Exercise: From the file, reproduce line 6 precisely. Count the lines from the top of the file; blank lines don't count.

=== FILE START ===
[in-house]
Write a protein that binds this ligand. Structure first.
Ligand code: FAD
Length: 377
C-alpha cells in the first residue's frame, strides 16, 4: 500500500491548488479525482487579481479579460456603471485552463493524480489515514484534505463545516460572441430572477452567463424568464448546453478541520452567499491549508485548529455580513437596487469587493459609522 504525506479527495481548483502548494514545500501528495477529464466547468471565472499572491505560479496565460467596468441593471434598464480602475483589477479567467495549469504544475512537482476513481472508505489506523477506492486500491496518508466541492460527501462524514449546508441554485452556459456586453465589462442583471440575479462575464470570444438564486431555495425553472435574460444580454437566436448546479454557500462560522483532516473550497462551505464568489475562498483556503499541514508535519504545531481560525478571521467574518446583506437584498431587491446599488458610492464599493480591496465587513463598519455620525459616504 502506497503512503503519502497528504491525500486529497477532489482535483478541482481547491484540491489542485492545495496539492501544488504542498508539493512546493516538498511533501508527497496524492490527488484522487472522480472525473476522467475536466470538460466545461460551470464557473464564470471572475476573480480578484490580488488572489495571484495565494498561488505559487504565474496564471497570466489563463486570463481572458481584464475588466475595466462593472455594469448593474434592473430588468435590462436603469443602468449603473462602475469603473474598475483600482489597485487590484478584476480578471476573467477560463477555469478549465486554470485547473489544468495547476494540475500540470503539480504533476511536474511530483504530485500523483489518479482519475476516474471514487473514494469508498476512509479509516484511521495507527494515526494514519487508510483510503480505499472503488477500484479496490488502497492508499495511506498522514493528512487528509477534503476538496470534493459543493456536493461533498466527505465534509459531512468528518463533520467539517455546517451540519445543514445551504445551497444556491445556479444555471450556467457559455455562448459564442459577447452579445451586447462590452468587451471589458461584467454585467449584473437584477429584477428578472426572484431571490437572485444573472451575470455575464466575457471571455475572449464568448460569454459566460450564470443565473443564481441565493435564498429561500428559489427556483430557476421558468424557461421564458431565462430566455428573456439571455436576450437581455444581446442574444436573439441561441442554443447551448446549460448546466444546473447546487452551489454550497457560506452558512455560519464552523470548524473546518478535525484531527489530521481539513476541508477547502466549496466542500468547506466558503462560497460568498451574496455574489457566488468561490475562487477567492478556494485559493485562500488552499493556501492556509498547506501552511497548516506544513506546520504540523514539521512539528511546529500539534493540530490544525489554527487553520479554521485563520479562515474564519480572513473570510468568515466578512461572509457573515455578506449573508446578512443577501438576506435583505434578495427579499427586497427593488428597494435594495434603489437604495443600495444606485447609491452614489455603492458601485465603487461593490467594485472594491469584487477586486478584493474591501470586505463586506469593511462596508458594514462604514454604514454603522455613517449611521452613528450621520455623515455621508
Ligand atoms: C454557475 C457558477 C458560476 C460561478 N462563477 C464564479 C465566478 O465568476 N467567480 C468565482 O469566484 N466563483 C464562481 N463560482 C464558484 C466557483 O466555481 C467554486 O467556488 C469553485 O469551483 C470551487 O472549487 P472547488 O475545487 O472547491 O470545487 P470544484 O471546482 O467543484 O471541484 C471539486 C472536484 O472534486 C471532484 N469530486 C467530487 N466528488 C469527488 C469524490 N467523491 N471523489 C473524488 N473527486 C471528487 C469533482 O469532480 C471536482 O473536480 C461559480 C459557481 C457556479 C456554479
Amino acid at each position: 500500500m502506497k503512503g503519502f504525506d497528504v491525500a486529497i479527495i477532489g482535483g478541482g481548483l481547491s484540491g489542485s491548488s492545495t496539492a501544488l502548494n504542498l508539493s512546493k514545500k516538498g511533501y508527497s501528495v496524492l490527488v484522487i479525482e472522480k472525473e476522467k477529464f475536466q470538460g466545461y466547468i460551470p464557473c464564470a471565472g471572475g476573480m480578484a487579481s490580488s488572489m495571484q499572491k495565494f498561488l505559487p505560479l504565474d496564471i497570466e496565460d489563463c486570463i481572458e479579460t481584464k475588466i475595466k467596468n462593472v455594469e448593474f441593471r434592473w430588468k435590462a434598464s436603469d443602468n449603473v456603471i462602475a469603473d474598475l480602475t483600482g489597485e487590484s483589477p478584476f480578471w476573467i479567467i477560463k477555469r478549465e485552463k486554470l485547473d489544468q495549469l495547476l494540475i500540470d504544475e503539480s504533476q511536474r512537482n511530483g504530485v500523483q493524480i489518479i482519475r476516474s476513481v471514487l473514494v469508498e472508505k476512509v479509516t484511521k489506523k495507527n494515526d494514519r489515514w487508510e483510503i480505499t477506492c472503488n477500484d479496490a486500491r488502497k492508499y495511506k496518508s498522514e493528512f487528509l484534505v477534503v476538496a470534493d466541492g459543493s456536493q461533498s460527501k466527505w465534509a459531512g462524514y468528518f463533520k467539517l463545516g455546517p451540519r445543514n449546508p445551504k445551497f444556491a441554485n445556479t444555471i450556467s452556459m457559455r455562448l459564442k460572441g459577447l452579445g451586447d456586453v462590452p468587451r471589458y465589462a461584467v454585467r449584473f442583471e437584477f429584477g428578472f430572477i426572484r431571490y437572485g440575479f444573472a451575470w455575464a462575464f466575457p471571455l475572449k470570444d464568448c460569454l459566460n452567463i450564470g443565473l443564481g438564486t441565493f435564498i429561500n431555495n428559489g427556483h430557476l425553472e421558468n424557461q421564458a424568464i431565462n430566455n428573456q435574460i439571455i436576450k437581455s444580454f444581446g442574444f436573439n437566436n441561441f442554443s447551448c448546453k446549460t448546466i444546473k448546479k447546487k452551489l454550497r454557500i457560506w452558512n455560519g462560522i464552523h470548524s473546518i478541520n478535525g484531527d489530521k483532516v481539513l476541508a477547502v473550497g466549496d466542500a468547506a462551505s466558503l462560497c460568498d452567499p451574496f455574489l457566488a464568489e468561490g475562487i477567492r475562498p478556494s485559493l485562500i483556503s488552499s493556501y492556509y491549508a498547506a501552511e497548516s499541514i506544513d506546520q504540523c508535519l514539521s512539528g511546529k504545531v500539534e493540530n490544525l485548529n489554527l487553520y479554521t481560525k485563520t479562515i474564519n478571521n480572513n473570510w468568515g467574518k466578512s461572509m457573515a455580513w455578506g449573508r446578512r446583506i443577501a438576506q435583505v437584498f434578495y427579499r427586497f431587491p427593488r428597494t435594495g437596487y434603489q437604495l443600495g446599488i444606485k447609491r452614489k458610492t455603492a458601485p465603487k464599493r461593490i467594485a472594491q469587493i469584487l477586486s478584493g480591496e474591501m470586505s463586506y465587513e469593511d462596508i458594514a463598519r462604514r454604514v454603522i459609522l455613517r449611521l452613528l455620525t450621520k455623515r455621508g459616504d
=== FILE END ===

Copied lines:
Ligand atoms: C454557475 C457558477 C458560476 C460561478 N462563477 C464564479 C465566478 O465568476 N467567480 C468565482 O469566484 N466563483 C464562481 N463560482 C464558484 C466557483 O466555481 C467554486 O467556488 C469553485 O469551483 C470551487 O472549487 P472547488 O475545487 O472547491 O470545487 P470544484 O471546482 O467543484 O471541484 C471539486 C472536484 O472534486 C471532484 N469530486 C467530487 N466528488 C469527488 C469524490 N467523491 N471523489 C473524488 N473527486 C471528487 C469533482 O469532480 C471536482 O473536480 C461559480 C459557481 C457556479 C456554479